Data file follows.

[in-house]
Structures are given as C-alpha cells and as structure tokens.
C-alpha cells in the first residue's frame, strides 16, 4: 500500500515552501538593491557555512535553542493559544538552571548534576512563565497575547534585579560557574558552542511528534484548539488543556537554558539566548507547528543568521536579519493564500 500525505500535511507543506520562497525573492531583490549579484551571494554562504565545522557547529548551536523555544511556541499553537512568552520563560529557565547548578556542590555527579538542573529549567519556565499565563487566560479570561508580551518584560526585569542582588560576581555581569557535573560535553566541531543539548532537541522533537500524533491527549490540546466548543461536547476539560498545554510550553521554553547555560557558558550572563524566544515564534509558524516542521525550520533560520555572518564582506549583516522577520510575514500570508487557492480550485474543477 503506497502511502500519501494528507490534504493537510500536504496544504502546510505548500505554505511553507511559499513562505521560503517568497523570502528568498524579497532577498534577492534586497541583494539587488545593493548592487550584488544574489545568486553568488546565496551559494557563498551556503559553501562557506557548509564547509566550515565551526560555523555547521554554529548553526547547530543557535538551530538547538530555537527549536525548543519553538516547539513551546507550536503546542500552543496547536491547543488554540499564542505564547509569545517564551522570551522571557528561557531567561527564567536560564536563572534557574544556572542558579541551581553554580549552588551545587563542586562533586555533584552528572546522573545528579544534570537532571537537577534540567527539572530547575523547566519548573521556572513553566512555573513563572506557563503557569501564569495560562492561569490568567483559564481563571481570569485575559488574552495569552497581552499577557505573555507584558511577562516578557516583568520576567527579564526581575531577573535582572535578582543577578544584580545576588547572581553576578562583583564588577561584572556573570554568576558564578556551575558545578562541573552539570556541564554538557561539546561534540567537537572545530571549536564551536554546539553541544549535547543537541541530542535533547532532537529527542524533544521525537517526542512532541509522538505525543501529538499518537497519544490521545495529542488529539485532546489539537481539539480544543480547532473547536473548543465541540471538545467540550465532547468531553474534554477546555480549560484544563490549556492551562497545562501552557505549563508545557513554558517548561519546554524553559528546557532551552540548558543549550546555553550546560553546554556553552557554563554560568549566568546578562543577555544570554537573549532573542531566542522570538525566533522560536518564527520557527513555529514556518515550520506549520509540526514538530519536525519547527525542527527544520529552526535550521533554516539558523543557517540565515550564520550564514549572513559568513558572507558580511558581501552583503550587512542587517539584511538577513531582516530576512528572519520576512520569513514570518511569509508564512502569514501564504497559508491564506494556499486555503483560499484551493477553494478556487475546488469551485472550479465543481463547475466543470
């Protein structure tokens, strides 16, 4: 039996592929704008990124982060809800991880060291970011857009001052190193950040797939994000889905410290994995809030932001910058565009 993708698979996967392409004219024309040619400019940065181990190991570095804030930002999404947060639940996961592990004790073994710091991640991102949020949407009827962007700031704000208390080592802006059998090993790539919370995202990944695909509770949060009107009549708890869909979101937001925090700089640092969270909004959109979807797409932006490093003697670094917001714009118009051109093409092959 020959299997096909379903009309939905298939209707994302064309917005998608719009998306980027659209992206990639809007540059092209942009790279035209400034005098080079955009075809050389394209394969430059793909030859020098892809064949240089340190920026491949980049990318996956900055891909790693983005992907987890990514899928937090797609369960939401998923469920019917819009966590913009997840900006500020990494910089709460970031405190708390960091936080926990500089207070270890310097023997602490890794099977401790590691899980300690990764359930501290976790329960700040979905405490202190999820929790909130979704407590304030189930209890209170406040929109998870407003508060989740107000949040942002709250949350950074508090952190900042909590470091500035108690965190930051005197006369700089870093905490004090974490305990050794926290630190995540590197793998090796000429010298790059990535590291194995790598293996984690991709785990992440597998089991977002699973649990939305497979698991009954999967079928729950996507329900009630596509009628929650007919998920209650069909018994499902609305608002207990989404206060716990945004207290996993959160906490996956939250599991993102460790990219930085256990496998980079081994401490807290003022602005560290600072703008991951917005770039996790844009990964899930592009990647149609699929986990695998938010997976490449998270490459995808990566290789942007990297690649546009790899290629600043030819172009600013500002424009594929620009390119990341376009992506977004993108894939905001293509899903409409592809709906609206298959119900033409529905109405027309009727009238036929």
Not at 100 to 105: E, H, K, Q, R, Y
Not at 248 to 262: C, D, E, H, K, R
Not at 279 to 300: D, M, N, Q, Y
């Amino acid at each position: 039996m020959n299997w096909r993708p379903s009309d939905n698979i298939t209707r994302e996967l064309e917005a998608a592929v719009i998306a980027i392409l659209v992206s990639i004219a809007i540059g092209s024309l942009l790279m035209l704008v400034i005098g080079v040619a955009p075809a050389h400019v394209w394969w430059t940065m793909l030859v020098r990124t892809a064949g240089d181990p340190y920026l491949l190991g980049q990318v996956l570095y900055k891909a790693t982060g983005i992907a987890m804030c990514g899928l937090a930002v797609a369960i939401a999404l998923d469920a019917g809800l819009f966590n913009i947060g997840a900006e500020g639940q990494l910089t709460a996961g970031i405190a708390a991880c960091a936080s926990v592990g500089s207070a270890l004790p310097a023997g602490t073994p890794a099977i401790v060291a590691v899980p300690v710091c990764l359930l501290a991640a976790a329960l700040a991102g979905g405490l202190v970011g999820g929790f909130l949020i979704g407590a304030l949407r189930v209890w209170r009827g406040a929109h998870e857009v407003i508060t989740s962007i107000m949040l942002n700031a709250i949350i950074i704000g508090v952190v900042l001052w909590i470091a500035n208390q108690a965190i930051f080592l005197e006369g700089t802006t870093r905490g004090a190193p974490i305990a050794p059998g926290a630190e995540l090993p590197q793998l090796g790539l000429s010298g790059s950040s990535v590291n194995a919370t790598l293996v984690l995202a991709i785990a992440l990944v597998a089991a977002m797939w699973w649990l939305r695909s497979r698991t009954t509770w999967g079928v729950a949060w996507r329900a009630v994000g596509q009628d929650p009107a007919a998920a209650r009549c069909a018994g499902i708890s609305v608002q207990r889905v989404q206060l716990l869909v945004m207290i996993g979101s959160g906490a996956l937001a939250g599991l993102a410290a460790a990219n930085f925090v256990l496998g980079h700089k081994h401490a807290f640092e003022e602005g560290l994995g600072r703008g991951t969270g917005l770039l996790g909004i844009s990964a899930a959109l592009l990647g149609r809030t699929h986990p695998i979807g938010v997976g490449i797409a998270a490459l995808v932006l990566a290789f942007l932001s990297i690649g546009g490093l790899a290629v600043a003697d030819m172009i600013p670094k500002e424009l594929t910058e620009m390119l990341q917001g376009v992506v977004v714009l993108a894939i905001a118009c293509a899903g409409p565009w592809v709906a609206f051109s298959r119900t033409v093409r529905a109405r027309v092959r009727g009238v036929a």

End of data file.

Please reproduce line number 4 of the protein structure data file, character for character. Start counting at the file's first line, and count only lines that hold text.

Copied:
């Protein structure tokens, strides 16, 4: 039996592929704008990124982060809800991880060291970011857009001052190193950040797939994000889905410290994995809030932001910058565009 993708698979996967392409004219024309040619400019940065181990190991570095804030930002999404947060639940996961592990004790073994710091991640991102949020949407009827962007700031704000208390080592802006059998090993790539919370995202990944695909509770949060009107009549708890869909979101937001925090700089640092969270909004959109979807797409932006490093003697670094917001714009118009051109093409092959 020959299997096909379903009309939905298939209707994302064309917005998608719009998306980027659209992206990639809007540059092209942009790279035209400034005098080079955009075809050389394209394969430059793909030859020098892809064949240089340190920026491949980049990318996956900055891909790693983005992907987890990514899928937090797609369960939401998923469920019917819009966590913009997840900006500020990494910089709460970031405190708390960091936080926990500089207070270890310097023997602490890794099977401790590691899980300690990764359930501290976790329960700040979905405490202190999820929790909130979704407590304030189930209890209170406040929109998870407003508060989740107000949040942002709250949350950074508090952190900042909590470091500035108690965190930051005197006369700089870093905490004090974490305990050794926290630190995540590197793998090796000429010298790059990535590291194995790598293996984690991709785990992440597998089991977002699973649990939305497979698991009954999967079928729950996507329900009630596509009628929650007919998920209650069909018994499902609305608002207990989404206060716990945004207290996993959160906490996956939250599991993102460790990219930085256990496998980079081994401490807290003022602005560290600072703008991951917005770039996790844009990964899930592009990647149609699929986990695998938010997976490449998270490459995808990566290789942007990297690649546009790899290629600043030819172009600013500002424009594929620009390119990341376009992506977004993108894939905001293509899903409409592809709906609206298959119900033409529905109405027309009727009238036929």